Fundraiser to honor EVTHS grad
Timothy McGuire and his sister Jessie in a photograph from 1993. (Photograph courtesy of the McGuire family)
Updated: October 28, 2012 6:13AM
EVANSTON — The Friends of Timmy — the group of friends and family members which have sprung up to honor Evanston Township High School graduate Timothy McGuire’s memory — are scheduled to hold their second fundraiser Oct. 6.
The odds are good the drinks and the memories will be flowing about the outgoing youth. He was co-captain of the soccer team his senior year and an honors student before bipolar disorder felled him and led to his death May 12, 2001.
One thing you shouldn’t expect at the fundraiser is a sad and sober tone.
For one thing, “if he had voting power he would have voted against it,” Jessie McGuire, an assistant state’s attorney, said about her younger brother.
“We wanted the event to be in the spirit of Tim, who was very funny, very fun-loving, loved to go out,” she said.
Her brother was a member of the ETHS soccer team, a midfielder, on the team that went to the state finals in 1995. A 1997 graduate of ETHS, he went on to attend Skidmore College where he was an honors student
He spent the fall 1999 semester studying in Ireland. It was when he had returned home around Christmas time that he had his first full-blown manic episode. In January, he was hospitalized and diagnosed as having bipolar disorder.
The disorder is a flaw in brain biochemistry and has nothing to do with character, the family noted, writing about Tim’s trials on a website, friendsoftimmy.org
With the right kind of treatment and medication, people can manage the disorder and have productive and fulfilling lives.
In Tim’s case, “he was unique,” his sister said. He fell into the small percentage of people who have allergic reactions to the standard medications prescribed for treatment.
Over the last 15 months of his life, the family noted, “Tim bravely endured a series of seven increasingly experimental medication protocols, always cooperating with his doctors in an effort to find a treatment that would arrest the disease.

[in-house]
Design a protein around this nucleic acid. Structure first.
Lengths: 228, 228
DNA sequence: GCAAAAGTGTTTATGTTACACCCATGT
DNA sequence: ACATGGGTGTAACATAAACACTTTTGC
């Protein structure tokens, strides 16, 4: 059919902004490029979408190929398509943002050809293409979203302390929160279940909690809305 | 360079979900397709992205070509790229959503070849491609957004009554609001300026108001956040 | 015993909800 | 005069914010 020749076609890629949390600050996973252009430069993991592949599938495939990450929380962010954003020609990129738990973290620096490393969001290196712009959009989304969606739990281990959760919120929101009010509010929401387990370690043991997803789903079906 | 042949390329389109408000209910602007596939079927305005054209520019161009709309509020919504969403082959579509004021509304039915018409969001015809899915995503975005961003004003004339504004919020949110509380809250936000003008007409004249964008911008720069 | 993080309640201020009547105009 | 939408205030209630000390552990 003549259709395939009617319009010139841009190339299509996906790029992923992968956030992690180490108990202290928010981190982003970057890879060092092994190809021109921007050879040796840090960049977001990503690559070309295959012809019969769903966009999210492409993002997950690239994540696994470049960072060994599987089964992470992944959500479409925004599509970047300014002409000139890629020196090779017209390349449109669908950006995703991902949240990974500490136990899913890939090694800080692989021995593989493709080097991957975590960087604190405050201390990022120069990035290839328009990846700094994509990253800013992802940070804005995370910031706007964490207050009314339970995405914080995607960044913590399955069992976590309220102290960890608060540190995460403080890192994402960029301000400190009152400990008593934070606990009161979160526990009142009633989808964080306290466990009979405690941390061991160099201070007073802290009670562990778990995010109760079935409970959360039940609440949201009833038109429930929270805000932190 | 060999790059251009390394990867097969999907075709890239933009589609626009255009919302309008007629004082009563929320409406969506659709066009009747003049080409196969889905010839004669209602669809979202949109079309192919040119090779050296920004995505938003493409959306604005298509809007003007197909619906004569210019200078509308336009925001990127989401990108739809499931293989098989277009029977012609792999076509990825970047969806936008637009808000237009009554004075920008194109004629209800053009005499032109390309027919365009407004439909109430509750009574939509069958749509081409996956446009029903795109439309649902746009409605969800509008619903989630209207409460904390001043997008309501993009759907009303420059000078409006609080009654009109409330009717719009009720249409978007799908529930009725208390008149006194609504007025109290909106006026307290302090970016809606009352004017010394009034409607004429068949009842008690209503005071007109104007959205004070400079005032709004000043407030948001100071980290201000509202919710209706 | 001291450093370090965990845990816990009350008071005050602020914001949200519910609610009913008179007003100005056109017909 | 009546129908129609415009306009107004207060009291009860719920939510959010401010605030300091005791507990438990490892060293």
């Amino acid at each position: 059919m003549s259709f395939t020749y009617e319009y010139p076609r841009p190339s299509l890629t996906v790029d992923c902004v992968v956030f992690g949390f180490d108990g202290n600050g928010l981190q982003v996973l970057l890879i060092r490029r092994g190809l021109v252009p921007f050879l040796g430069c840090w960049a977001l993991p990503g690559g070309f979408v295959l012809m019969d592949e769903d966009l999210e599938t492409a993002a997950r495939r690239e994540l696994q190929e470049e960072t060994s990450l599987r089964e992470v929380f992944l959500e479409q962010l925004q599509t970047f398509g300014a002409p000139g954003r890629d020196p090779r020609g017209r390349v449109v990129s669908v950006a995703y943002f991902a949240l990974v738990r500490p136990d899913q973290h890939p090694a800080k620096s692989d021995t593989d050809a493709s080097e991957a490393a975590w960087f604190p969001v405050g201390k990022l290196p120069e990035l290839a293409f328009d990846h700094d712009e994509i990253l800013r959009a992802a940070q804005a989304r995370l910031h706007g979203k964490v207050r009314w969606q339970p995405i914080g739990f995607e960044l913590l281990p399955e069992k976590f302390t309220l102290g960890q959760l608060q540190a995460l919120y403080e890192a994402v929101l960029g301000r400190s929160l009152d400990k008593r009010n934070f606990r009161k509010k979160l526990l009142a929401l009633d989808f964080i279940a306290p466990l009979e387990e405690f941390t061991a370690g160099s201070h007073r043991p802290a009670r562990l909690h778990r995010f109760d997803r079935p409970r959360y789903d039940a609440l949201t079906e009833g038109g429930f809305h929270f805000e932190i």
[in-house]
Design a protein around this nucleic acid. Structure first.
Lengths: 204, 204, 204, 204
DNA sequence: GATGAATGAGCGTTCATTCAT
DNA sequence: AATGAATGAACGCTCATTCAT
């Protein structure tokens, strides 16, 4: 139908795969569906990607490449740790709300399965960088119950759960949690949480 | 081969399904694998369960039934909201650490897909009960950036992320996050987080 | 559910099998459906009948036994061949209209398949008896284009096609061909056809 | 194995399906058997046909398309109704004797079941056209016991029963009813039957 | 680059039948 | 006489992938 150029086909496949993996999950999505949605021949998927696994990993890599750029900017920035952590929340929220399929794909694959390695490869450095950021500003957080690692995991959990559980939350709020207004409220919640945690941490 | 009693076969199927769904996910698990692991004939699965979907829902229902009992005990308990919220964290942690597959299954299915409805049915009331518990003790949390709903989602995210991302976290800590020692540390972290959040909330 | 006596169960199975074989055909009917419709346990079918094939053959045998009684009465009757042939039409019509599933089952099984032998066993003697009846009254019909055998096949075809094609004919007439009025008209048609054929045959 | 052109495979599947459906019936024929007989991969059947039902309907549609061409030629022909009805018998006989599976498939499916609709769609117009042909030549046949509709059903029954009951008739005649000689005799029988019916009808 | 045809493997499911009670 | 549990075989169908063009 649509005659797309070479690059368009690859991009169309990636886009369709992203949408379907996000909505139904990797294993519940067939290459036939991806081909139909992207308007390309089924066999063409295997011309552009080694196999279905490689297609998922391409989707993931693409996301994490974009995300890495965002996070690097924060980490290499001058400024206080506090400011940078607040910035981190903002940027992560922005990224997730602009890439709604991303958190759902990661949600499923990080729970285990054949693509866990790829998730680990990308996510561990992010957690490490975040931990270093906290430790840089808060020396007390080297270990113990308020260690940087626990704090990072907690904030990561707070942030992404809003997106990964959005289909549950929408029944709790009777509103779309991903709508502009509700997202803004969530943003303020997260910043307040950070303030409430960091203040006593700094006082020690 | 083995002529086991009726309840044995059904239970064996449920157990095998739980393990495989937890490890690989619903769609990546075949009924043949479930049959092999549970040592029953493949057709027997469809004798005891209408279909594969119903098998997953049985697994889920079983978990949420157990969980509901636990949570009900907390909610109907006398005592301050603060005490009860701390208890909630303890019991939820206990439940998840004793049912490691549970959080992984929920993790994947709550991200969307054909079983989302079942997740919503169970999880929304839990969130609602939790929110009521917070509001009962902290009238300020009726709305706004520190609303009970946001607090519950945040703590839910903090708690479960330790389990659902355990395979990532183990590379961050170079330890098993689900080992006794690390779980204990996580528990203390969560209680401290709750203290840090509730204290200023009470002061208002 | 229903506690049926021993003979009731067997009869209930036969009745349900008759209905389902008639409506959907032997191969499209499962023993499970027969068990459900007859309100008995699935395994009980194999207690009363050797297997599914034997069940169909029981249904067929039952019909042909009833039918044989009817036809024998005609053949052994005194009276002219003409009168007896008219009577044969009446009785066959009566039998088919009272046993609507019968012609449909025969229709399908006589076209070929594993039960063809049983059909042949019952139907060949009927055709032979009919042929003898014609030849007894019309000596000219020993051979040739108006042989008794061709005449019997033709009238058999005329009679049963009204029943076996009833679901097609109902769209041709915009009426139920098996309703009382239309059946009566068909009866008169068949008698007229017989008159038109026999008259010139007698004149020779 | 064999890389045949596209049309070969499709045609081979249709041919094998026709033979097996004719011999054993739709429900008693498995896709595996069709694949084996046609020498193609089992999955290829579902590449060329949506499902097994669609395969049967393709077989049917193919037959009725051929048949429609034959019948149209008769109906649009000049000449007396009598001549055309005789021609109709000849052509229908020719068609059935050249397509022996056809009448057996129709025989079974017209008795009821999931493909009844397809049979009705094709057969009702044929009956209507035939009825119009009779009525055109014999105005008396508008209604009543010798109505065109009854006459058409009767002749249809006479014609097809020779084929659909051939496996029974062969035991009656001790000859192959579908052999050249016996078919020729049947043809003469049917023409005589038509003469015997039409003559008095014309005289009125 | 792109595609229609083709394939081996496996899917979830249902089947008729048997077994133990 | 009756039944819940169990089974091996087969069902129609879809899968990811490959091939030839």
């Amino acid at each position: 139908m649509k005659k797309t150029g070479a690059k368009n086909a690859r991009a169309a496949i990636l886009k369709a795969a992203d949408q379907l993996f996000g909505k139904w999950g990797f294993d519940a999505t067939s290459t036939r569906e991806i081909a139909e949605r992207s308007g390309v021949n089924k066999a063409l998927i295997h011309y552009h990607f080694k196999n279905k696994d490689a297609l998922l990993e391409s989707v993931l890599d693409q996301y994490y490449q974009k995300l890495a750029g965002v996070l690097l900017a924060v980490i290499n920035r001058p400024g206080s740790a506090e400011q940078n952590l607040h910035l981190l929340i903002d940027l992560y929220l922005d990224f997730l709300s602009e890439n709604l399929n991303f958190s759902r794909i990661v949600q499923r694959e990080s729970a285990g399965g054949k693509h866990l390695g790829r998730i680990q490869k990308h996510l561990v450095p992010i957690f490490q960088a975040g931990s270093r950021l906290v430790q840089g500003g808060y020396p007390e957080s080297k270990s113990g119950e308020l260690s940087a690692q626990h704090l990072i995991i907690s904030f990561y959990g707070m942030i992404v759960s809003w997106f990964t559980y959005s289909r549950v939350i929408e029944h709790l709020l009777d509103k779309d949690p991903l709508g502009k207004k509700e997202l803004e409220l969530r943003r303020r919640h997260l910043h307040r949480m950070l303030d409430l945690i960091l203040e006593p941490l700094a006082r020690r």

“Unchecked by an effective medication, his disease raged as if untreated,” the family wrote on the website, “increasing the possibility of suicide, characteristic of untreated bipolar disorder.”
On May 12, “Tim, his family, friends and doctors simply ran out of time,” taking his life.
Family members are hopeful that future research will shed light on some of Tim’s struggles.
“He did everything he could conceivably do to get better, in the face of really, really unpleasant side effects,’’ McGuire noted. “He wanted to get better. I think that if we hadn’t run out of time he would have gotten better.”
A Timothy McGuire scholarship was established in his name in 2008. The scholarship has been awarded to four graduating ETHS seniors who have demonstrated a financial need, academic achievement and commitment to community service, the family said.
In line with Timothy’s lifelong love, preference is given to soccer players, and so far every recipient has been a member of the ETHS soccer team.
McGuire started as a child, competing in the Pele soccer program, and competing through high school. Soccer was “at the core of who he was as a person,” his sister said.
Last year’s fundraiser raised more than $10,000. Organizers are hoping to put 100 percent of the money raised into the scholarship, and to gradually increase the yearly $1,000 amount.
The event starts at 8 p.m. at Tommy Nevin’s, 1454 Sherman and is open to all. A $20 donation is suggested at the door.
Aside from the financial support, the fundraiser is a chance for people to “get together and connect and reminisce,” Jessie McGuire said.